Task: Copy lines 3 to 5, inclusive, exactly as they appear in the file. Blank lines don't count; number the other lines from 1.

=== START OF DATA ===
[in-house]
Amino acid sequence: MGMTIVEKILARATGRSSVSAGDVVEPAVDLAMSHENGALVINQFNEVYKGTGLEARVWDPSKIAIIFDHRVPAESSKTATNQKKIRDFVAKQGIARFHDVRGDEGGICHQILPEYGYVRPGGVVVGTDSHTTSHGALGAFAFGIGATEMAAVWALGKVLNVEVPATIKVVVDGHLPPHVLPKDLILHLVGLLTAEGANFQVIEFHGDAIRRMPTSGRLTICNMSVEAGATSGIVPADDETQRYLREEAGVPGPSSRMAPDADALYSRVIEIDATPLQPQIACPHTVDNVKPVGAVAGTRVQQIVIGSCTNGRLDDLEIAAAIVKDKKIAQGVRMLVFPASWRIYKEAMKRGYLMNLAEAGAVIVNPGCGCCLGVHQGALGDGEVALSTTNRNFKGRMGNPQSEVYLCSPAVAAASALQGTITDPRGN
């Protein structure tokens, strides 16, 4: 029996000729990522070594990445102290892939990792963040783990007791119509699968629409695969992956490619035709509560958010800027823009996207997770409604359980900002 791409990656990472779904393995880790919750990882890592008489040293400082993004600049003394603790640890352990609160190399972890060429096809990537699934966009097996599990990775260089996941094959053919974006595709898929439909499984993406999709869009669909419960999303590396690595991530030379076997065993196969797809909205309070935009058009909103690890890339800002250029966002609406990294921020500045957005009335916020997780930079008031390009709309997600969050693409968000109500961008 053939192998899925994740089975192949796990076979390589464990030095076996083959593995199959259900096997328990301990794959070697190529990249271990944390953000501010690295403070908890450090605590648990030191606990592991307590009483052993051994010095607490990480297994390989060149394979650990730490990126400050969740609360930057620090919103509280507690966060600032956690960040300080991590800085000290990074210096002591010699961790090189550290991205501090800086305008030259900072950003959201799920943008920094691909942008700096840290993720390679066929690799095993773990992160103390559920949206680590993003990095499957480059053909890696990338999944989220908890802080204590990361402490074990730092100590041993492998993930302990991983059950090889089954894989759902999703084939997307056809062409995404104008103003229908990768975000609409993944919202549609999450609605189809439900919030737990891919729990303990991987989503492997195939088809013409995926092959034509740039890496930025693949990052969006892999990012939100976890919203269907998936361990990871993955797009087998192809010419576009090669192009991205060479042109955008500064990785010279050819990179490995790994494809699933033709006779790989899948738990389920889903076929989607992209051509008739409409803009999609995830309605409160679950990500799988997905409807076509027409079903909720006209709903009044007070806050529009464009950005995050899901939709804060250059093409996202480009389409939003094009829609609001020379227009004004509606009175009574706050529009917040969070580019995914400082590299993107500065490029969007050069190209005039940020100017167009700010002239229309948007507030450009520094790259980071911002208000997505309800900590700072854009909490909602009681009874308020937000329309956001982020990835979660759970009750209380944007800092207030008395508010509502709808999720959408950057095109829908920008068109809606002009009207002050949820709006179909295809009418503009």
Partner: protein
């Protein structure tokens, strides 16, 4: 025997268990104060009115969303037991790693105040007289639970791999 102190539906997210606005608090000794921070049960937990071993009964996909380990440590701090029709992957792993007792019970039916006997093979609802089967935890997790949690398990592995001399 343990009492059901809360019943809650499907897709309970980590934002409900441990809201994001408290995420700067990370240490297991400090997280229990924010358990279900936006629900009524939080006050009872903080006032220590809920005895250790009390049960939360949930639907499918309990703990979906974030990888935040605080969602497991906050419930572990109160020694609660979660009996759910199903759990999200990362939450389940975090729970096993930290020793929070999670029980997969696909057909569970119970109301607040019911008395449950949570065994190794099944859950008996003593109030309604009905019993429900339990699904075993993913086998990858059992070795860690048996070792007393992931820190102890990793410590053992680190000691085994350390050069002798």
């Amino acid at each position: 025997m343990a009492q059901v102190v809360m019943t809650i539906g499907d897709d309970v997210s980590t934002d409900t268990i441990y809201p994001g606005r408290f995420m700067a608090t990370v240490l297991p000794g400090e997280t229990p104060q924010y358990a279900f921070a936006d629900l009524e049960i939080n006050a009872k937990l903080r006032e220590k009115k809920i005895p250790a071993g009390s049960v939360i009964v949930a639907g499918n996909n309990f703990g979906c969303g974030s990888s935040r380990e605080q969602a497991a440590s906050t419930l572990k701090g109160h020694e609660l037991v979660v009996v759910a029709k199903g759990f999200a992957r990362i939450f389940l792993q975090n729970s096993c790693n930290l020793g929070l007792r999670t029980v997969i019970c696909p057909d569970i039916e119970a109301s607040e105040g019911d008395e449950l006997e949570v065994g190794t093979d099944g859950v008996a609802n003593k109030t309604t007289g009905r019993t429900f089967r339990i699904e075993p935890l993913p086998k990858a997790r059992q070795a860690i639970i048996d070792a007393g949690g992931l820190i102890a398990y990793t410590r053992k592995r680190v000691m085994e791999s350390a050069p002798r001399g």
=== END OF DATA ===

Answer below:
């Protein structure tokens, strides 16, 4: 029996000729990522070594990445102290892939990792963040783990007791119509699968629409695969992956490619035709509560958010800027823009996207997770409604359980900002 791409990656990472779904393995880790919750990882890592008489040293400082993004600049003394603790640890352990609160190399972890060429096809990537699934966009097996599990990775260089996941094959053919974006595709898929439909499984993406999709869009669909419960999303590396690595991530030379076997065993196969797809909205309070935009058009909103690890890339800002250029966002609406990294921020500045957005009335916020997780930079008031390009709309997600969050693409968000109500961008 053939192998899925994740089975192949796990076979390589464990030095076996083959593995199959259900096997328990301990794959070697190529990249271990944390953000501010690295403070908890450090605590648990030191606990592991307590009483052993051994010095607490990480297994390989060149394979650990730490990126400050969740609360930057620090919103509280507690966060600032956690960040300080991590800085000290990074210096002591010699961790090189550290991205501090800086305008030259900072950003959201799920943008920094691909942008700096840290993720390679066929690799095993773990992160103390559920949206680590993003990095499957480059053909890696990338999944989220908890802080204590990361402490074990730092100590041993492998993930302990991983059950090889089954894989759902999703084939997307056809062409995404104008103003229908990768975000609409993944919202549609999450609605189809439900919030737990891919729990303990991987989503492997195939088809013409995926092959034509740039890496930025693949990052969006892999990012939100976890919203269907998936361990990871993955797009087998192809010419576009090669192009991205060479042109955008500064990785010279050819990179490995790994494809699933033709006779790989899948738990389920889903076929989607992209051509008739409409803009999609995830309605409160679950990500799988997905409807076509027409079903909720006209709903009044007070806050529009464009950005995050899901939709804060250059093409996202480009389409939003094009829609609001020379227009004004509606009175009574706050529009917040969070580019995914400082590299993107500065490029969007050069190209005039940020100017167009700010002239229309948007507030450009520094790259980071911002208000997505309800900590700072854009909490909602009681009874308020937000329309956001982020990835979660759970009750209380944007800092207030008395508010509502709808999720959408950057095109829908920008068109809606002009009207002050949820709006179909295809009418503009």
Partner: protein
């Protein structure tokens, strides 16, 4: 025997268990104060009115969303037991790693105040007289639970791999 102190539906997210606005608090000794921070049960937990071993009964996909380990440590701090029709992957792993007792019970039916006997093979609802089967935890997790949690398990592995001399 343990009492059901809360019943809650499907897709309970980590934002409900441990809201994001408290995420700067990370240490297991400090997280229990924010358990279900936006629900009524939080006050009872903080006032220590809920005895250790009390049960939360949930639907499918309990703990979906974030990888935040605080969602497991906050419930572990109160020694609660979660009996759910199903759990999200990362939450389940975090729970096993930290020793929070999670029980997969696909057909569970119970109301607040019911008395449950949570065994190794099944859950008996003593109030309604009905019993429900339990699904075993993913086998990858059992070795860690048996070792007393992931820190102890990793410590053992680190000691085994350390050069002798």